“You do realize that your dear Maggie is missing both of her arms, Delilah.”
Arabelle turned her worried stare away from the doll clutched in her playmate’s arms and toward the bustling servants rushing through the courtyard. Maggie, as Delilah called her, did not appear to be weathered, or even poorly cared for. Her golden curls were perfectly placed and her dress was immaculate, the lace and ruffles some of the finest Orlesian craftsmanship Belle had ever seen, but she did find the doll’s lack of arms deeply disturbing.
Delilah’s voice was laden with sorrow as she confessed, “Of course I know that. I’m not stupid, Belle.”
Arabelle Cousuland wasn’t so sure about that, but for the sake of keeping the peace, as her father had so politely asked her and Fergus to do before the Howe’s arrived, she bit her tongue. “So, what happened to her, exactly? Was she in an… accident, or something?”
“Nathaniel,” Delilah muttered. “Nathaniel happened to her, and I can assure you it was no accident on his part.”
“He tore off her arms and hid them from me.” The other girl’s lower lip trembled a little bit at the memory, her large, green eyes flitting nervously left and meeting with her companion’s before glancing away again. “I’ve looked all over the castle, several times actually, and they are nowhere to be found. I suspect he fed them to his dog, or burned them in the hearth.”
They had not seen the boys for several hours, and for that Belle was glad. The three of them had done nothing but tease and mock the girls all morning, and Belle was just two small jests away from hiding a poisonous spider in Fergus’s boots.
“I don’t know why the Maker gives us brothers. They seem so… unnecessary.”
Delilah giggled, a sound not unpleasant, and the lingering nervousness and discomfort that stifled the air around them seemed to lift just a little more.
“They do, don’t they? Thomas does nothing but whine and cry, and Nathaniel thinks he’s so clever, but he’s not. Not really.”
“Nathaniel is the older one, right?”
“Yes, and Thomas is the whiney one.”
“I don’t know how you manage with two of them,” she sighed, the exhale of her breath wavering through the loose, auburn strands of hair that whispered around her freckled face. “I can barely live with one Fergus on the best of days. I could hardly imagine having two of him around. You know, he once painted my mabari pink. He painted flowers all over poor Ser Lance and said it made him look as girly as he deserved.”
Glancing over at the mabari sitting proud and tall between them, Delilah’s brow quirked with disbelief. “I don’t think there’s anything girly about Ser Lance at all.”
“Neither did Fergus after he took a bite out of his backside. Never thought to try his hand at painting after that.”
Once again, her friend laughed, a joyful and relaxed sound that was quickly interrupted by Nan’s shrieking from the other side of the courtyard. “There you are, girl! I’ve been looking all over for you.”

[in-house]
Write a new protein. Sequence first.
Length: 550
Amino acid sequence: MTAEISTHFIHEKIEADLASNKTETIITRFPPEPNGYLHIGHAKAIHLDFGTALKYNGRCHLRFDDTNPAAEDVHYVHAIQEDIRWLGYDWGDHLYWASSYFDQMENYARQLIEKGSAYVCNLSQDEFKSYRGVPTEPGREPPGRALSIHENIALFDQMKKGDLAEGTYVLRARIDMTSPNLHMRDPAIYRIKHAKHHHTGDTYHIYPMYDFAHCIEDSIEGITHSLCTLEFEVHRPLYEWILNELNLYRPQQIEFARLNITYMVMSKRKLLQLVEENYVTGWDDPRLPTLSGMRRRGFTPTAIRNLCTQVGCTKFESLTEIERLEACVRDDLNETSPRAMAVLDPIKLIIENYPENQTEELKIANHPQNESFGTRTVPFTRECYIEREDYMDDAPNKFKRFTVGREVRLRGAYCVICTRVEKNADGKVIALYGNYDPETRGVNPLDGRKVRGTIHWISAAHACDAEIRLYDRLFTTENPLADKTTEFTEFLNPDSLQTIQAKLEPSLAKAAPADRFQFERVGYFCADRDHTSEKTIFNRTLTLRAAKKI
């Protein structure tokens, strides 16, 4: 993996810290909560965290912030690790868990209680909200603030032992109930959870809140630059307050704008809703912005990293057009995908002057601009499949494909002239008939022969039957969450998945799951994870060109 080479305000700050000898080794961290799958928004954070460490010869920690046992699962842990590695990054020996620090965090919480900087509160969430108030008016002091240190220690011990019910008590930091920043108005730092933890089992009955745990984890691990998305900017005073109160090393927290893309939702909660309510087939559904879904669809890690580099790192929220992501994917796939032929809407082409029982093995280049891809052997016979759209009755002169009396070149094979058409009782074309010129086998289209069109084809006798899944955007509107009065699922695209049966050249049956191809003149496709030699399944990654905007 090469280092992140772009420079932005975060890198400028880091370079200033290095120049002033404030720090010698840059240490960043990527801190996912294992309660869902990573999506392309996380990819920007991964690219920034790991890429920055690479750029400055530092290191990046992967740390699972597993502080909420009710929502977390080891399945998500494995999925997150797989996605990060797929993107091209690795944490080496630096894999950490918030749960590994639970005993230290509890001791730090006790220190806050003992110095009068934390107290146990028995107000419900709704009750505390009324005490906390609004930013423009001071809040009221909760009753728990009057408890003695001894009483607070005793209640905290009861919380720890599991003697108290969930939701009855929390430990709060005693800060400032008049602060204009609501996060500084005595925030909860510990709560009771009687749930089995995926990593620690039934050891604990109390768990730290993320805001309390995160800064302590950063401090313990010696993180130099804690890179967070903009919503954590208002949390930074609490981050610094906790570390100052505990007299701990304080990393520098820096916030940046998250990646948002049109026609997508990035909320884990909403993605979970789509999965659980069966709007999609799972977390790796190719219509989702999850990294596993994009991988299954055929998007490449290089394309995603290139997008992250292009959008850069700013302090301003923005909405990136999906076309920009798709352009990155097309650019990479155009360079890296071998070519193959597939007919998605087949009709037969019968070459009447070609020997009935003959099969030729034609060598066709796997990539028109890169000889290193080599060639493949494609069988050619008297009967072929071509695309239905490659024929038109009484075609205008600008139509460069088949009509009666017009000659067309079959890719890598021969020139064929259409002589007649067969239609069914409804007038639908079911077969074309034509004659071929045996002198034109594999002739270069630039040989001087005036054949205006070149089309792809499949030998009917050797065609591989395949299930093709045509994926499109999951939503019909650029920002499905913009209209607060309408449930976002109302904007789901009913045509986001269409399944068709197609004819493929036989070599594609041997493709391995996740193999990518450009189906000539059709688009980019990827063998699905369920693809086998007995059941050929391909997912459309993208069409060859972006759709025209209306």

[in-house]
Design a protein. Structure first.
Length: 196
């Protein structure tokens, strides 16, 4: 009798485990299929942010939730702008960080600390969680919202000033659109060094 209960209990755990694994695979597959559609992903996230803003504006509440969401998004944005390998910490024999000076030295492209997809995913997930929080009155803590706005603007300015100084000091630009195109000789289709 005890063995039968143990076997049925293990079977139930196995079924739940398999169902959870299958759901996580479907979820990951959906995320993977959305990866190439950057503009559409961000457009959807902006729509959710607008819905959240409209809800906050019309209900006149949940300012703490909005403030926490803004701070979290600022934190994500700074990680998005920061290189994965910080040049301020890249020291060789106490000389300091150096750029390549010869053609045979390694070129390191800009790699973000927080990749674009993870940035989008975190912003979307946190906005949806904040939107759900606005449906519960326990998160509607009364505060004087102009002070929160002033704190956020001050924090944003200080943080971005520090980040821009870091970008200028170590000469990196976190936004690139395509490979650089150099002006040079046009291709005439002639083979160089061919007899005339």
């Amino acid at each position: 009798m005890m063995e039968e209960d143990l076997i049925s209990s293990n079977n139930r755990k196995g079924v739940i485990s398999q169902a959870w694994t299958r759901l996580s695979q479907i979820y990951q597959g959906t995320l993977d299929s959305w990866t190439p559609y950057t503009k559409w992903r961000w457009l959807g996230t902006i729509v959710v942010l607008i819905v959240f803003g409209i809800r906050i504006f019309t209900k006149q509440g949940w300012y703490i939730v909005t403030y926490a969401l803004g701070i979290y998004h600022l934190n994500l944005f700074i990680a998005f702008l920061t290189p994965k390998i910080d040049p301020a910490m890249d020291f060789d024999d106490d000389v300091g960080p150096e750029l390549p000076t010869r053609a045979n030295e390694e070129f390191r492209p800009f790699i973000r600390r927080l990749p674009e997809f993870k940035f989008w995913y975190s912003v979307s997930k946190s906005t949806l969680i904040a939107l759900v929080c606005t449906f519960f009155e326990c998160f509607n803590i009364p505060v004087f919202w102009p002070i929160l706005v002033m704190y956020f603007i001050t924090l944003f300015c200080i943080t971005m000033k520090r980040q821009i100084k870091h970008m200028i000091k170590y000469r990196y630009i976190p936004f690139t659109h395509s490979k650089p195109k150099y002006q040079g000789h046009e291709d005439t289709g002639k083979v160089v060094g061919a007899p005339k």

“You must not have been looking very hard, Nan. I’ve been playing out here for hours.”
“I’ll not be having any of your sass, Lady. It’ll be off to bed without any supper if you don’t mind your tongue.”
“Are you cooking?” Arabelle beamed at her nanny, blinking sweetly. “Because if so, bed without supper might not be such a bad thing.”
“That mouth of yours is going to be your end, little lady! Just you wait and see.”
Ser Lance whined at that threat, straightening his shoulders and tilting his head at the old woman.
“Where’s your brother? It’s nearly time to dress for dinner, and I want you both clean and presentable.”
“I haven’t seen him,” she shrugged.
“Well then, off with you. Go find him and come straight back. Her ladyship will have a bloody cow if she sees you as you are. Your hair looks as though you haven’t run a brush through it in three days, and you’re filthy, child! Were you flopping in the mud?”
“I brushed it just this morning!” she shot back, pushing off the stone bench in the courtyard.
“I’ll take the brush to your backside if you give me anymore lip. Now off with you. Find your brothers and bring them back to dress for supper. Both of you. Go!”
Delilah jumped a little too easily at Nan’s command, but Arabelle took her time just to spite the woman. Nudging Ser Lance to fall into step beside her, she didn’t have to look back to know Nan stood scowling, arms crossed and lips tight, her narrowed eyes practically shooting fire.
“Old witch, that woman,” she muttered under her breath once they were out of earshot and on the path toward the training yard, where they’d last seen the boys hours earlier. “One of these days, Mother’s going to find a sack full of old toads in her room and call the Templars.”
“Is she really a witch?” Delilah’s eyes widened so easily, her gullibility almost more than Belle could bear.
Playing along with her own game, she shrugged her shoulders. “She could be. Once I swore I heard her chanting strange words in her room late at night, raising demons, I suspect.”
The other girl shivered at the thought. “Maybe your mother should call upon the Templars.”